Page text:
Hackernoon logoThe Programmable Short: Four Crypto Derivative Protocols You Should Know About by@jrodthoughts

The Programmable Short: Four Crypto Derivative Protocols You Should Know About

Jesus Rodriguez Hacker Noon profile picture

Jesus Rodriguez

Chief Scientist, Managing Partner at Invector Labs. CTO at IntoTheBlock. Angel Investor, Writer, Boa

Derivatives have played a key role in almost every financial market in history. In the case of crypto-assets, you can make a case that derivatives have taken a second priority to the development of tier 1 blockchain protocols, exchanges and, of course, token sales. To some extent, the first iteration of Bitcoin futures at the CME and Cboe exchanges hasn’t have the major impact in the market that was initially predicted. However, with all the noise surrounding the potential approval of a Bitcoin Exchanged Traded Fund(ETF) and the emergence of trends such as security tokens, crypto derivatives are called to become a foundational building block of the next generation of crypto-assets.

Crypto-derivatives are different from any other type of financial derivative in a key point: THEY ARE PROGRAMMABLE PROTOCOLS which opens the door to all sort of interesting possibilities. Today, I would like to review a group of new protocols that are innovating on the notion of programmable derivatives enabling the implementation of all sorts of sophisticated financial instruments.

As Old as Writing

Most people associate derivatives with sophisticated financial instruments from the 1980s. The truth is that derivatives have been with us since humans learned to make promise. The invention of writing certainly catalyze the creation of records that formalize commercial agreement that were based on the future delivery of goods. There are records dating back to 1700 BC in which farmers will borrow items needed for the harvest with the promise of a future payout.

The first derivative that resemble modern products can be traced back to feudal Japan in the 1700s. Around 1730, the Dojima Rice Exchange is established with the full support of the government. At the exchange, there are two types of rice markets; the shomai and choaimai. The shomai market is where traders buy and sell different grades of rice based on the spot price. Rice vouchers are issued for each transaction and would be settled within four days. At the choaimai the first future market was operating. In the spring, summer, and fall different grades of rice were contracted with standardized agreements. No cash or vouchers were exchanged; all relevant information was recorded in a book at a clearinghouse. The contract period was limited to four months at a time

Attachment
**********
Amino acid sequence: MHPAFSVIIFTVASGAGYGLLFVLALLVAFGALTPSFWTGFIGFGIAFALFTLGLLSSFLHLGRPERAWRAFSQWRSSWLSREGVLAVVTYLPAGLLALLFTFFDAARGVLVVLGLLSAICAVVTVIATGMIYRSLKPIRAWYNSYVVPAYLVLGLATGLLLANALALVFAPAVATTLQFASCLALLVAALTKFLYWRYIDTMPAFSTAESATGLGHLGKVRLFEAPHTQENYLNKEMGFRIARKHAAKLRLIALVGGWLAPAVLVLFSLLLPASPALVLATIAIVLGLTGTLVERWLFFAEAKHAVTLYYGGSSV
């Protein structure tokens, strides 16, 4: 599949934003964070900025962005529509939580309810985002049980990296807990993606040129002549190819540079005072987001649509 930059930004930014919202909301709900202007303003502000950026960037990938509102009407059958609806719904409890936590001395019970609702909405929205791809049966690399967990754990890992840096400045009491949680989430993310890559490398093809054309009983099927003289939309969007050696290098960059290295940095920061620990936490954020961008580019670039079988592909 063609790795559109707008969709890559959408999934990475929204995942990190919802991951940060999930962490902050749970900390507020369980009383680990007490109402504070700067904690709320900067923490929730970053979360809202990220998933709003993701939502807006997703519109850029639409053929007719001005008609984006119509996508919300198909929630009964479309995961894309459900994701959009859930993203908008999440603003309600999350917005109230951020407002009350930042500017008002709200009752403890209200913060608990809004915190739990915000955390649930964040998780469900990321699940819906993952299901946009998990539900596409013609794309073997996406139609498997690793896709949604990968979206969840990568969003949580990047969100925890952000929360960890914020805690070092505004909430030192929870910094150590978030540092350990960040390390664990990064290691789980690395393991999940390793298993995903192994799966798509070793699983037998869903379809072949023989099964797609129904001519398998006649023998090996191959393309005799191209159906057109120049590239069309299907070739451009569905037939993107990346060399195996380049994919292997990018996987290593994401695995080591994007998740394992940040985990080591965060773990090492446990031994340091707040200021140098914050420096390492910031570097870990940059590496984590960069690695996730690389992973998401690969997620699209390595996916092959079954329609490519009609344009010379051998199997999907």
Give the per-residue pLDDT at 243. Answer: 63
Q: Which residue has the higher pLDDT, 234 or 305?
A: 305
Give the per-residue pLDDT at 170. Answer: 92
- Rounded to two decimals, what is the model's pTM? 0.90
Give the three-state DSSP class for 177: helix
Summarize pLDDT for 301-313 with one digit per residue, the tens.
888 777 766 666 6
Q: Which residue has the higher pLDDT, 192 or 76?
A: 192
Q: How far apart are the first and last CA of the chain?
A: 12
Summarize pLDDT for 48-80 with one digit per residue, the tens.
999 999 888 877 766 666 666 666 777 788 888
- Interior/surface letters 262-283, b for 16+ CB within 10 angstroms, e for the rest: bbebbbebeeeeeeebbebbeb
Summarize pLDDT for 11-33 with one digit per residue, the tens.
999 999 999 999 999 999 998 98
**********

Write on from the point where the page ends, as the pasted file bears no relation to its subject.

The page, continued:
These day, the Chicago Mercantile Exchange(CME) is synonymous with derivatives. The establishment of the financial powerhouse in 1919 represented the legitimization of derivatives in financial markets. Derivatives will remain obscure instruments until the 1970s in which computers make possible to execute complex mathematical models in a sub-second timeframe and, from there, derivatives have been at the center of every relevant financial instrument in the market and have been the cause of more than one disaster.

Types of Derivatives

Conceptually, a derivative is any financial product that derives its price from an underlying asset. From that perspective, there is no limit to the financial derivatives market. While we are here obsessing about a crypto-asset market that it remains somewhere below $300 billion, financial derivatives amount to somewhere above a QUADRILLION dollars market which, in an important part, remains virtually unregulated.

The types of mathematical models that can represent derivatives is effectively infinite but there is a small group of classes of derivatives that encapsulate most models in the market:

The Quant’s Dream: Programmable Derivatives

What make crypto-derivatives different from any other financial derivative is the simple fact that they are programmable smart contracts that can be dynamically used in higher order contracts. While a bank will spend years building the legal contract that represents Swap model, a hacker can use a crypto derivative protocol and build a financial derivative in minutes. More importantly, the nature of crypto-derivatives enables the implementation of more sophisticated financial models as there are many things that can be expressed in code and smart contracts that can’t be done using simple statistics.